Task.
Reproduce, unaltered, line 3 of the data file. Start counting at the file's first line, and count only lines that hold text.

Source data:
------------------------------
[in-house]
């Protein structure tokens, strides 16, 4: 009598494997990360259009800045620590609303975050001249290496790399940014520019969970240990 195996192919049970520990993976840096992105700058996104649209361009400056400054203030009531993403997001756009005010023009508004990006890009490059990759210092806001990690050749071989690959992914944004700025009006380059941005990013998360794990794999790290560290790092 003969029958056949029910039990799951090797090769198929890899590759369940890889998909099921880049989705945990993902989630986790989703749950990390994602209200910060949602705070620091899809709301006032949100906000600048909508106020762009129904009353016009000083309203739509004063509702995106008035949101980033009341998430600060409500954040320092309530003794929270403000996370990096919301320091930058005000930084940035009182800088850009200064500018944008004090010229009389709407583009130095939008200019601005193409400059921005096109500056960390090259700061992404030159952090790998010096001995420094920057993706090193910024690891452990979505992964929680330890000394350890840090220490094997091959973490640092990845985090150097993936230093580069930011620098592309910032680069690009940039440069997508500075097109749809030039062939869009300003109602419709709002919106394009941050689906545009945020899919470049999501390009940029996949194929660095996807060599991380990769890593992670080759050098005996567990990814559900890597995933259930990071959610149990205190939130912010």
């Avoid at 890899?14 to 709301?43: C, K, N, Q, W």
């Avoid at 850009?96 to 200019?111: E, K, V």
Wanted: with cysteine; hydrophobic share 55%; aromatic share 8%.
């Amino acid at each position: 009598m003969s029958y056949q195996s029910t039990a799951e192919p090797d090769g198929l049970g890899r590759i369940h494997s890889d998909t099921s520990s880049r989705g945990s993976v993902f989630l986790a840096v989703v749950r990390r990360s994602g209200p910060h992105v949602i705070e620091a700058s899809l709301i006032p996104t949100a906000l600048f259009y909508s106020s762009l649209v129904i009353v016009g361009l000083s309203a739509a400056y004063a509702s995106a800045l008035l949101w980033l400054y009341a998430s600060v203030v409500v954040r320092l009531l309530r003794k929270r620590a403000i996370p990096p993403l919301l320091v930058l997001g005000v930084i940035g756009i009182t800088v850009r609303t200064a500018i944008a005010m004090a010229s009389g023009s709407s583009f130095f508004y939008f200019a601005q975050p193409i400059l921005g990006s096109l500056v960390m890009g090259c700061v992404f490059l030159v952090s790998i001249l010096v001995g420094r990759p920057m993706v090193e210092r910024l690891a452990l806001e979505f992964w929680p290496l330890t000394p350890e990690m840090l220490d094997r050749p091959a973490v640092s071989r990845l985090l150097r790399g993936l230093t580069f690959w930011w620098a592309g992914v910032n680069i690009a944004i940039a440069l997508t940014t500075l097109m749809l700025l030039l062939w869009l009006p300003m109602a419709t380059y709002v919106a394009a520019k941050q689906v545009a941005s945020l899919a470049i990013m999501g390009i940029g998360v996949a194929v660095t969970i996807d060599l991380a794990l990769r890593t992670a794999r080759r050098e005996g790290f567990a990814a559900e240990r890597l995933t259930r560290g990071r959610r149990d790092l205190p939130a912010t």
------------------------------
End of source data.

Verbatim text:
């Avoid at 890899?14 to 709301?43: C, K, N, Q, W």